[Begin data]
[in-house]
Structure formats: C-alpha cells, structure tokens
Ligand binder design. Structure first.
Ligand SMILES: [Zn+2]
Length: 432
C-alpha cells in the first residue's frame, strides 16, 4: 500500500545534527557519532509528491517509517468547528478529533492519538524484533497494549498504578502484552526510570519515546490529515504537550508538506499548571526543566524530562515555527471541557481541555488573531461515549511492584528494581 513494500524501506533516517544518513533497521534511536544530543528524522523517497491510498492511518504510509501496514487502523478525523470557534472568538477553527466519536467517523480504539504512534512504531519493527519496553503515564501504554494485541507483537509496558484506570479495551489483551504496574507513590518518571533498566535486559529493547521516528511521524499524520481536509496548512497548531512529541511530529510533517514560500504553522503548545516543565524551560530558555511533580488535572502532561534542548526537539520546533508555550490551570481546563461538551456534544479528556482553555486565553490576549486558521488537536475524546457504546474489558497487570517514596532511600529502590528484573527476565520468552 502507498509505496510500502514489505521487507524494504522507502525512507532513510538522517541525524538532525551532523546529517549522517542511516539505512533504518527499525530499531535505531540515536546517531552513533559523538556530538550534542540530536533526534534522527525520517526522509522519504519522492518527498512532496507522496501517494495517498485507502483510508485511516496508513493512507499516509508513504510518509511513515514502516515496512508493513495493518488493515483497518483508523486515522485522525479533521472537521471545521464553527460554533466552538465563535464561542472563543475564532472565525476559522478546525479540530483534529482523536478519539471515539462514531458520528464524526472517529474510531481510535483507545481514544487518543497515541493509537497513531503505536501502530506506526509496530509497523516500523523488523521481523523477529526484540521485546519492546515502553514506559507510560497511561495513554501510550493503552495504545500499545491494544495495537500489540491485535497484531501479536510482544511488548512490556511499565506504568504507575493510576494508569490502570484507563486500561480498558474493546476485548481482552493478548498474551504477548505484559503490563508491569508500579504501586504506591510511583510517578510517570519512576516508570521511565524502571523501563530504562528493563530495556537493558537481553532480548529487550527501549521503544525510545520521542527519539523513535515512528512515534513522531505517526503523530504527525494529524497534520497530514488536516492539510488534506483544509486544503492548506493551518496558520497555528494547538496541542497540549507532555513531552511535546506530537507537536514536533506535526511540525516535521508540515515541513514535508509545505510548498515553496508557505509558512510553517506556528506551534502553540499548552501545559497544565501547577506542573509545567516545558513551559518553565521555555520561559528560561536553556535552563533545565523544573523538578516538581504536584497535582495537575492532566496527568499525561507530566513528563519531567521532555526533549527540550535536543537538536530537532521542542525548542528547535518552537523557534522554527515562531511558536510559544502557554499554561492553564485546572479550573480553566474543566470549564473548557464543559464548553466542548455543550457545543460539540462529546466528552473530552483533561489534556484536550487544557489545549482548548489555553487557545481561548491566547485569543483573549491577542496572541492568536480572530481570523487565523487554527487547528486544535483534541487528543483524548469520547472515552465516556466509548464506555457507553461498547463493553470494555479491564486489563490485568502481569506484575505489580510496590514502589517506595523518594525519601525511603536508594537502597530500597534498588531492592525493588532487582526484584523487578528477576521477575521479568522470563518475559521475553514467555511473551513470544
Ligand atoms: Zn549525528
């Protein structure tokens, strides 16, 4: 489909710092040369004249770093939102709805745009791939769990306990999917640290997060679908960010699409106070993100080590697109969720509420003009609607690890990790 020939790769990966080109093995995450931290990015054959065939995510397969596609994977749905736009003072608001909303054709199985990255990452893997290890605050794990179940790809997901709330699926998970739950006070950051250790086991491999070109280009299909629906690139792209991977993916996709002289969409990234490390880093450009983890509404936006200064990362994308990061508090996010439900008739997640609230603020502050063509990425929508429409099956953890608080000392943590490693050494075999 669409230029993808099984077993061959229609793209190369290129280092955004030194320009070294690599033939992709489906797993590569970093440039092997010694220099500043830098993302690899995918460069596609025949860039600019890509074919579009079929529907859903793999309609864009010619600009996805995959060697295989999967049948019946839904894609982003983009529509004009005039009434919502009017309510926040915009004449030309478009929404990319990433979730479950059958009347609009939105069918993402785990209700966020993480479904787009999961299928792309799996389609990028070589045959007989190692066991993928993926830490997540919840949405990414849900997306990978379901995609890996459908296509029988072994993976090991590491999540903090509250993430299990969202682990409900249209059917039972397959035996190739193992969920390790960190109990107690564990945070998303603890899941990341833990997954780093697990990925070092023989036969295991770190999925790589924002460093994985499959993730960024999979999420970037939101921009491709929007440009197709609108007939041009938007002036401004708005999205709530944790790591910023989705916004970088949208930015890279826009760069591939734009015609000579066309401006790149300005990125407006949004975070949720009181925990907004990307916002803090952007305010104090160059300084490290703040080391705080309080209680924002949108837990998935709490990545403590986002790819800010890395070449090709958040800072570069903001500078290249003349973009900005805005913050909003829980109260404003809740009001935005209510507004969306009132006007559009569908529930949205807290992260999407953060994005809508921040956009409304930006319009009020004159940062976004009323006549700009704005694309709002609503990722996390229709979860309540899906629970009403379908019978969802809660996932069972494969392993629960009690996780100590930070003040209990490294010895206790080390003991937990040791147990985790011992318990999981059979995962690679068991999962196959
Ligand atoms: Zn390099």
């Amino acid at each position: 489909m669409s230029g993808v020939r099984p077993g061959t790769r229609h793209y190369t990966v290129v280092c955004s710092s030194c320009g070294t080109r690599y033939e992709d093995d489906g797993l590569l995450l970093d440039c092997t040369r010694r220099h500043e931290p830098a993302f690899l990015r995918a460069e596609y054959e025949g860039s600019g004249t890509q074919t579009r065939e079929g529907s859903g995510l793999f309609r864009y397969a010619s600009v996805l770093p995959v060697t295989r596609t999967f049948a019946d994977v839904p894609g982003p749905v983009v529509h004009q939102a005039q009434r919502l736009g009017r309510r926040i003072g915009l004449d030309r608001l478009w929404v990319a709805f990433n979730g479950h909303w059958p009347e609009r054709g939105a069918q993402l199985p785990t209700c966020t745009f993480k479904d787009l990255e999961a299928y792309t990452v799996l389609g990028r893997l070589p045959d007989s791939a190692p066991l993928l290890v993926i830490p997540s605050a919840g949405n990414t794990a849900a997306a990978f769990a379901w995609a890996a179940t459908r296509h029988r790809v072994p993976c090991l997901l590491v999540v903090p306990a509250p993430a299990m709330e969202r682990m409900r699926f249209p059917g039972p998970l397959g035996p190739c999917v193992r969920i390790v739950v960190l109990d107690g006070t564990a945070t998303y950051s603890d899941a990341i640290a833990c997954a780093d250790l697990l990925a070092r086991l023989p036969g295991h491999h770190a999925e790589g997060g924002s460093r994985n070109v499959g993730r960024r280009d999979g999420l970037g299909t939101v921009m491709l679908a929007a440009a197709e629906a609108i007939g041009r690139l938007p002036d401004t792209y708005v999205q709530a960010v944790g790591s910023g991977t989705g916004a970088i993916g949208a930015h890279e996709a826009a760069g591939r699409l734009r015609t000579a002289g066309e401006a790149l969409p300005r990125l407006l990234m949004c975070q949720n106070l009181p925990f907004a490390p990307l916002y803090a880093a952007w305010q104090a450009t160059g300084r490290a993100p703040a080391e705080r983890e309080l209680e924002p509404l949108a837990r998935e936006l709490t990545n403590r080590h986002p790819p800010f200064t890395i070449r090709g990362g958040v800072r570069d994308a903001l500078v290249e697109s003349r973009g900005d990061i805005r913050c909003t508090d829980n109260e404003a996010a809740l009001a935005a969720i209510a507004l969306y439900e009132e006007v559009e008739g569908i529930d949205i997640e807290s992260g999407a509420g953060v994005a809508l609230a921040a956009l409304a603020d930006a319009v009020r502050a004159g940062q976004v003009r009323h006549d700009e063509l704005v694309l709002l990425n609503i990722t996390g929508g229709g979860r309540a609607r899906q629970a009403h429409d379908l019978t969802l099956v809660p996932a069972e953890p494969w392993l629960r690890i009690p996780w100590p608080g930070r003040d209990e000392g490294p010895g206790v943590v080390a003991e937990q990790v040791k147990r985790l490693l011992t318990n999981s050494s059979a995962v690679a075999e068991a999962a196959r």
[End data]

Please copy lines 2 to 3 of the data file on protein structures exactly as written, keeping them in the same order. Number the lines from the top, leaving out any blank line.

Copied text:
Structure formats: C-alpha cells, structure tokens
Ligand binder design. Structure first.